Appropriate Gear to Wear and Bring
You dress properly for weddings and church, right? You need to do the same with winter boating. Don't go with a suit coat/dress, though your Sunday best can be warm and lack in the waterproof department. You need to have winter boating clothing that was purpose built. Take a lesson from Snowmobilers. They know what's up with winter sports and they know how to dress. Likewise, you'll dress similarly and use layers. Much like a lasagna with multiple meaty, cheesy layers, you too need many wonderful layers to fight off the cold. Here's an order that's recommended:
Base layer — Undergarments, long johns, wool socks and good boots. The base layer is a last line of defense, that also helps keep blood flowing and keeping that heat moving around. Don't have anything too tight. Wool is best due to the unique nature to keep heat despite moisture.
Middle layer — Regular clothes, then insulating clothes to retain body heat. The middle layer is usually your street clothing, but it's important to have your warm insulators like vests, lighter jackets or other warm clothing. Remember extra layers is okay, because if you get hot you can always take layers off. But if you're cold it's harder to add layers when they're back at home and not in the boat.
Outer layer — Waterproof and windproof clothing act as a shield. This is where you need to spend the big bucks. Good waterproof and windproof shells can cost oodles of cash. So you can either rob from your kids' college savings, or just wait for sales. Clothing goes on sale all the time so just keep a close eye for those deals in the off-season. A good outer shell will go a long way to keep you not only warm and dry, but safe.
Also get waterproof boots. You could get wet feet early in the day and not notice, but then frostbite can become a legitimate danger. No one wants to lose a toe that way, it makes for a really bad day.
Fjord Tough: Vessels Built for Cold Winter Boating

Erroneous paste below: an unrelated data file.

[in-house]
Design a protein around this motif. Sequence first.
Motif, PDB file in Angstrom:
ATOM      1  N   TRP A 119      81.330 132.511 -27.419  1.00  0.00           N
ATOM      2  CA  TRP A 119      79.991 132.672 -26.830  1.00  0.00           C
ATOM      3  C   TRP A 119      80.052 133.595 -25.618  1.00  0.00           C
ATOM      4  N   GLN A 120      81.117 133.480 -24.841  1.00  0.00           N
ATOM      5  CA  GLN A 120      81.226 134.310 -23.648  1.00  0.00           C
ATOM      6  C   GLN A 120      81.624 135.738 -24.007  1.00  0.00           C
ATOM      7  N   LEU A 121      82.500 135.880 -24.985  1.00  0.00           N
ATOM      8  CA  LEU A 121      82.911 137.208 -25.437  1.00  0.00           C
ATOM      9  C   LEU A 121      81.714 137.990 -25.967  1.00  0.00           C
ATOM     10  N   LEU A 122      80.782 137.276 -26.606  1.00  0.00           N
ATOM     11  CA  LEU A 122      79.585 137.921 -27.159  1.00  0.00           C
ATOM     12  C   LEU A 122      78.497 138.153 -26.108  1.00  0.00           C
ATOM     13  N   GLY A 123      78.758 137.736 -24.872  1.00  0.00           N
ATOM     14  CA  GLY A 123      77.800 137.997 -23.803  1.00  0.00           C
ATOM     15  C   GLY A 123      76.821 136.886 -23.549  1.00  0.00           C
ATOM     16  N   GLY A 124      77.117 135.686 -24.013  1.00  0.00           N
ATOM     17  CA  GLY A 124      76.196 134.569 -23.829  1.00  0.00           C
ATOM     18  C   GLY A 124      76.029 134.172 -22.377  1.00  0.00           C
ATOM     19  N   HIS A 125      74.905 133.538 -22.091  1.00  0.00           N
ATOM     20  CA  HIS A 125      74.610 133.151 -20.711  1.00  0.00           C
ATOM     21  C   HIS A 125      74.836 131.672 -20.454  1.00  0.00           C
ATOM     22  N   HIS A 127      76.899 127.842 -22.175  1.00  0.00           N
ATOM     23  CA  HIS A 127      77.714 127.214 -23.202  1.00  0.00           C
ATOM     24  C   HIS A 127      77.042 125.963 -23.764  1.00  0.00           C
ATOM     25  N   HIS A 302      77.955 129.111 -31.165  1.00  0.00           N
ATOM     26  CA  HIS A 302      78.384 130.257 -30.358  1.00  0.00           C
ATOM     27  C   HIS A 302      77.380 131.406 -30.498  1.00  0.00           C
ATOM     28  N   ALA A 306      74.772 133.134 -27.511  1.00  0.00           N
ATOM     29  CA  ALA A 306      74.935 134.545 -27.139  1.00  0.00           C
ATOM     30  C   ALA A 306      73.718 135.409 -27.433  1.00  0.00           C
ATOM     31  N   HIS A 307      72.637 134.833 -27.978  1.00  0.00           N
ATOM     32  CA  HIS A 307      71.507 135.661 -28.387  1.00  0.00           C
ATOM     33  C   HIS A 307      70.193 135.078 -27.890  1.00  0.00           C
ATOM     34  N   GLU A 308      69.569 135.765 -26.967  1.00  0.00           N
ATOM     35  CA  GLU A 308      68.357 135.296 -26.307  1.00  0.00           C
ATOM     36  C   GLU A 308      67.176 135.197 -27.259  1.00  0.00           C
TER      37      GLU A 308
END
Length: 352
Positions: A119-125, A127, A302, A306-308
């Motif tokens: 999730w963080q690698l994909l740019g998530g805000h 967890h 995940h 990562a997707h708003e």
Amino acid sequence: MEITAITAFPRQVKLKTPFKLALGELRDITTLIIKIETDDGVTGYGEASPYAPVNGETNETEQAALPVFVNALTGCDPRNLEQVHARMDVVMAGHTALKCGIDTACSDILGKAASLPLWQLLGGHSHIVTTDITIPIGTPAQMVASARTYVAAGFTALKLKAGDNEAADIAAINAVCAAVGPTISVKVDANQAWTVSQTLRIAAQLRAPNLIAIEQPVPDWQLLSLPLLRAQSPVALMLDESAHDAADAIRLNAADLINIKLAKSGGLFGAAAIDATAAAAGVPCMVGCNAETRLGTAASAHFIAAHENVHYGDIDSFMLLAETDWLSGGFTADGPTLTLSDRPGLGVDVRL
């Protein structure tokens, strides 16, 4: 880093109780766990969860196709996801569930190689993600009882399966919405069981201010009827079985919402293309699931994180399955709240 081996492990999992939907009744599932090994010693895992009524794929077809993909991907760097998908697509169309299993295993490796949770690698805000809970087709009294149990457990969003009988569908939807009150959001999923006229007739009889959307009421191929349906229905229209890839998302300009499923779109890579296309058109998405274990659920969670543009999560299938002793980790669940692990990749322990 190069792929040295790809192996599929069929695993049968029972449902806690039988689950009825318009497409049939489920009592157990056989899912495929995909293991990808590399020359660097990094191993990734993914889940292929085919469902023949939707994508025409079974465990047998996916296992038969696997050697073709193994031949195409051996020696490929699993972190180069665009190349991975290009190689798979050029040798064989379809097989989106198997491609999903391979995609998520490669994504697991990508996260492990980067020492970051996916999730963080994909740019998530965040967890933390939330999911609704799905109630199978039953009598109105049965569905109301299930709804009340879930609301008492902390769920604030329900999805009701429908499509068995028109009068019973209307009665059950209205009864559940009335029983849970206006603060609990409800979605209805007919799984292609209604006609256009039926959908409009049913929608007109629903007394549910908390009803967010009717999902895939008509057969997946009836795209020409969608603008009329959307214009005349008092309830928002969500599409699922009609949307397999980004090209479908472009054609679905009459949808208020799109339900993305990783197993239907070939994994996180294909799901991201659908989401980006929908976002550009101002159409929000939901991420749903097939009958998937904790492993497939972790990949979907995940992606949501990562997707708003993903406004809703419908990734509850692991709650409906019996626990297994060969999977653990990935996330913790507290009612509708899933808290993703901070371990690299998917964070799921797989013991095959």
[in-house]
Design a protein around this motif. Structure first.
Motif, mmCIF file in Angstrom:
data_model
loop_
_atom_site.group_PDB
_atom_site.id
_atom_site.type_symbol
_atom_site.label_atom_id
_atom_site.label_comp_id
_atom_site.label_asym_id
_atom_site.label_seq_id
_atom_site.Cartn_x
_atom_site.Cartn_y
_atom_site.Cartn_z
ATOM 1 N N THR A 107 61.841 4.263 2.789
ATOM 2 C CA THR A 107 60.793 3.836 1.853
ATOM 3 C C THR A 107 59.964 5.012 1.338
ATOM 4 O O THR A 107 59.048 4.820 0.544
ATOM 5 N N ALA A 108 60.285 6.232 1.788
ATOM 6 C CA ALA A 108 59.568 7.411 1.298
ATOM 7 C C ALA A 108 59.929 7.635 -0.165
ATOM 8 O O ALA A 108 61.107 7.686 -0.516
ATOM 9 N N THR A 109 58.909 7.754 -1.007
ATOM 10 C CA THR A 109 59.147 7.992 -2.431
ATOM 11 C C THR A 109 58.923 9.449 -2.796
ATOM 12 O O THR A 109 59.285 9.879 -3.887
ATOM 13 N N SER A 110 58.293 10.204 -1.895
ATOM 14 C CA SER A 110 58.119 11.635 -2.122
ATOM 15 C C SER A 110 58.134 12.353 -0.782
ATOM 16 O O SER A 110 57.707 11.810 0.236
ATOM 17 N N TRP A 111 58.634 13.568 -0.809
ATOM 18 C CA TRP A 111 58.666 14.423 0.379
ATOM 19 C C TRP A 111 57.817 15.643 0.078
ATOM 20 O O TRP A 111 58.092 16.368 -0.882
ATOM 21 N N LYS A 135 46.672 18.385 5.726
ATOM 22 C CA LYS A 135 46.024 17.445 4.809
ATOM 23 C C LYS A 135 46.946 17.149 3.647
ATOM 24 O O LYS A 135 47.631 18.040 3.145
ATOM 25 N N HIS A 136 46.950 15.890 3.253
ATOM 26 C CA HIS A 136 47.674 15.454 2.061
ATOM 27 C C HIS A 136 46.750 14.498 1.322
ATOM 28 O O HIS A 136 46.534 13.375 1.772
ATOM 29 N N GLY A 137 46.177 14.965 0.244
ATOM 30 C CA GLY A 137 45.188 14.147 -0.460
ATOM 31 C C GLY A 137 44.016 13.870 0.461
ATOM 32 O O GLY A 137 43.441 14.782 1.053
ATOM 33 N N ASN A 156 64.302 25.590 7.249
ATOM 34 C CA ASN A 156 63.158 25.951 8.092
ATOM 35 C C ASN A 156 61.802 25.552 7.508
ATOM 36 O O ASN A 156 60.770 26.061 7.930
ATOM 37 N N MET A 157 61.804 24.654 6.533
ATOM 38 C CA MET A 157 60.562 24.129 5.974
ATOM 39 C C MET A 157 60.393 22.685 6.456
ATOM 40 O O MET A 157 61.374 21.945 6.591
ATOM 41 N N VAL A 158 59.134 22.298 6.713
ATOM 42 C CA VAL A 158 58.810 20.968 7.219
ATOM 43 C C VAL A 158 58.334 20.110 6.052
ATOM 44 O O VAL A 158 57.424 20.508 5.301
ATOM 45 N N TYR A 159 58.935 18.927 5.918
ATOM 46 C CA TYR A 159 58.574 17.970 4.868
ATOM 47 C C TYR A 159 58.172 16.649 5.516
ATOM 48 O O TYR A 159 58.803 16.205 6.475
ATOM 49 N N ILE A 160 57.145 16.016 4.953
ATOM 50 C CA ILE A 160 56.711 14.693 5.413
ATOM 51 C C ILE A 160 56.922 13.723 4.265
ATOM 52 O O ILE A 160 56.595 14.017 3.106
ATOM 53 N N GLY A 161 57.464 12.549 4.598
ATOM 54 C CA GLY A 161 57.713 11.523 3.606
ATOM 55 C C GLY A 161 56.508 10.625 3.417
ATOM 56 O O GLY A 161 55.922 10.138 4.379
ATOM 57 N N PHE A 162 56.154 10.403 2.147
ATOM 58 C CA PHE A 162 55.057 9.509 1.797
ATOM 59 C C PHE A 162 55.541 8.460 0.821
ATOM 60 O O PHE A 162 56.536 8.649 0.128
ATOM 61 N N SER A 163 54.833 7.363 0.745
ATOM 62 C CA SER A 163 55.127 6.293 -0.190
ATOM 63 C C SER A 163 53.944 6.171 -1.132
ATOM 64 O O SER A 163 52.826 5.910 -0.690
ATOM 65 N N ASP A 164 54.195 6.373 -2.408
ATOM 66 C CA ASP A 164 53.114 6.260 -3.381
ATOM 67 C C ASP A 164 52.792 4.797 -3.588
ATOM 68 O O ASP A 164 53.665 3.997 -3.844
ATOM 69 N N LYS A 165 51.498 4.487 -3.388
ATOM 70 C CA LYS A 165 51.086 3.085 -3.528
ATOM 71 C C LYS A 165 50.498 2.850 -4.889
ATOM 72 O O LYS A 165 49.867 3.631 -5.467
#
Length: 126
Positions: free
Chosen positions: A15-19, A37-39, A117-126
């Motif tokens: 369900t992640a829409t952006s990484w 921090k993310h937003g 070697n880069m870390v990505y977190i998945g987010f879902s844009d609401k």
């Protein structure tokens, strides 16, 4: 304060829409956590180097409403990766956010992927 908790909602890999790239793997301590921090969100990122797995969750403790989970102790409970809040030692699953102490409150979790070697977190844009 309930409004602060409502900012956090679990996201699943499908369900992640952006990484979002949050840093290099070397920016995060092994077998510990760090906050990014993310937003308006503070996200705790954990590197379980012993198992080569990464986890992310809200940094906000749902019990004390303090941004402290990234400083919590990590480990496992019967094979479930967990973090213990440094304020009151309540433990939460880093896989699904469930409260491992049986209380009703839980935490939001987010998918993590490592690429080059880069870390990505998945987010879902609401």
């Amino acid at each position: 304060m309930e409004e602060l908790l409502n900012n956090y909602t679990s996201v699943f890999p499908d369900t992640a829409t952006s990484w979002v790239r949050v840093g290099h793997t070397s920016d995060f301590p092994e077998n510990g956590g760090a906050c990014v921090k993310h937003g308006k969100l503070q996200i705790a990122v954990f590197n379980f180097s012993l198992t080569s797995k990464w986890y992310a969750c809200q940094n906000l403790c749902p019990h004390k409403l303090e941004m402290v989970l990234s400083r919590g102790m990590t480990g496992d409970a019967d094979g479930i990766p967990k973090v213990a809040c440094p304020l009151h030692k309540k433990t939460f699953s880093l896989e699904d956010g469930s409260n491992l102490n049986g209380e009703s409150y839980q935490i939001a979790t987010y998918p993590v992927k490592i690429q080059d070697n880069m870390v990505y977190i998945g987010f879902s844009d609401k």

Enough beating a dead horse, I can't forget one of the most important aspects of winter boating. The boat! With endless boats out there, there's truly only a select few that handle the cold. If a new boat is in the works, here are a few pointers to keep in mind before you go and purchase:
The Advantages of Outboard Motors and Jet Boats
The big advantage outboard motors and jet boats have in the cold weather is there's no danger of their motors freezing from the cold. To explain, outboards drain via gravity when they're vertical. With jet drives, you rev them outside the water and it blows all the water out. It's as easy as that. Sterndrives, however, are a different story...
The Disadvantage (and Expense) of Sterndrives
Sterndrives are dangerous to use in the colder winter months. I had a customer who was late-season fishing during one November. His boat ran good and the fishing was good. However, as he was driving home, the cold got to the motor and it cracked. So his little trip cost him $5,000 to replace a motor. If you only have a sterndrive boat and you wanna get out, just make sure you train yourself on how to drain the block immediately after you leave the water. By doing so, you remove all the water before it freezes. Remember that and you'll be ok.
Great Boat Brands for Winter BoatingThe typical style of boat you want is one that can shield you from the elements. In other words, a fourth super layer to the layers you already have. The first boat that comes to my mind is the walk-around style or cuddy cabin. They have the cabin down below and an area by the helm that typically has means to shelter you from the elements. Some perfect examples would be the boat builders listed below. Keep in mind, though, not all brands use the words "walk-around" or "cuddy." Also look for boats with cabins and hard-tops, as these typically are better built for winter weather.
More boat brands are out there, but those are a few. Essentially, you want a boat with the ability to ride through waves and give you shelter from the elements. Hardtops and full windshields really give nice protection from the cold.
How to Make Any Boat Suitable for Winter Boating
If a new boat with a cuddy cabin just isn't in the cards, don't worry—there's still hope! The easiest way is to install a full enclosure by using a bimini top and then clear acrylic on all four sides. It's simple to install and can protect you from blistering winds and cold rains. This set-up can be installed on any boat (not just a pontoon), but you do need a professional canvas shop to do the work. They'll install it properly and with the proper dimensions so it isn't too tight or baggy. And if you don't already have one, I highly recommend a marine radio as an essential piece of boat safety equipment. It can save your life in those "what-if" scenarios, like an overboard passenger or bad weather conditions that leave you stranded. Lastly, just remember to pack extra clothing and gear as needed. Clothing gets wet and gear goes overboard. It's always smart to carry more.